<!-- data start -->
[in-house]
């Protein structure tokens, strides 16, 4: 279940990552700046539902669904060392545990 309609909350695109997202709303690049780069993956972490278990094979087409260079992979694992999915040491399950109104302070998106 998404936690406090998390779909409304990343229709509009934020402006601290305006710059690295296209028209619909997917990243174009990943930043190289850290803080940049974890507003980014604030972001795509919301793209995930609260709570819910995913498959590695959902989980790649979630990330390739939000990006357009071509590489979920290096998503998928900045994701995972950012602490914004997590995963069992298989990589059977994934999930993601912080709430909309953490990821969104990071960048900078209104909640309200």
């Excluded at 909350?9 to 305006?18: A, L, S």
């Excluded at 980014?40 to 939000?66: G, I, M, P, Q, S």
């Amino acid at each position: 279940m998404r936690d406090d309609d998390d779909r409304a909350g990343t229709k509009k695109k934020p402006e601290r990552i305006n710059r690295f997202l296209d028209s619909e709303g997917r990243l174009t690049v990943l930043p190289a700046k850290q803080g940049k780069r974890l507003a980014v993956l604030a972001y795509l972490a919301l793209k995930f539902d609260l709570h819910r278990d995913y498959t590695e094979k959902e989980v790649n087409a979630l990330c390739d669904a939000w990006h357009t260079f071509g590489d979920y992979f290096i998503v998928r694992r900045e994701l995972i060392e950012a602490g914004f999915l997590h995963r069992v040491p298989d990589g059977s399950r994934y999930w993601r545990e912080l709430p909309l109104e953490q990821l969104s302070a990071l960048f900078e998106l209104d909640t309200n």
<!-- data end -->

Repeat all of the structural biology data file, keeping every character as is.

[in-house]
């Protein structure tokens, strides 16, 4: 279940990552700046539902669904060392545990 309609909350695109997202709303690049780069993956972490278990094979087409260079992979694992999915040491399950109104302070998106 998404936690406090998390779909409304990343229709509009934020402006601290305006710059690295296209028209619909997917990243174009990943930043190289850290803080940049974890507003980014604030972001795509919301793209995930609260709570819910995913498959590695959902989980790649979630990330390739939000990006357009071509590489979920290096998503998928900045994701995972950012602490914004997590995963069992298989990589059977994934999930993601912080709430909309953490990821969104990071960048900078209104909640309200």
């Excluded at 909350?9 to 305006?18: A, L, S």
């Excluded at 980014?40 to 939000?66: G, I, M, P, Q, S």
């Amino acid at each position: 279940m998404r936690d406090d309609d998390d779909r409304a909350g990343t229709k509009k695109k934020p402006e601290r990552i305006n710059r690295f997202l296209d028209s619909e709303g997917r990243l174009t690049v990943l930043p190289a700046k850290q803080g940049k780069r974890l507003a980014v993956l604030a972001y795509l972490a919301l793209k995930f539902d609260l709570h819910r278990d995913y498959t590695e094979k959902e989980v790649n087409a979630l990330c390739d669904a939000w990006h357009t260079f071509g590489d979920y992979f290096i998503v998928r694992r900045e994701l995972i060392e950012a602490g914004f999915l997590h995963r069992v040491p298989d990589g059977s399950r994934y999930w993601r545990e912080l709430p909309l109104e953490q990821l969104s302070a990071l960048f900078e998106l209104d909640t309200n």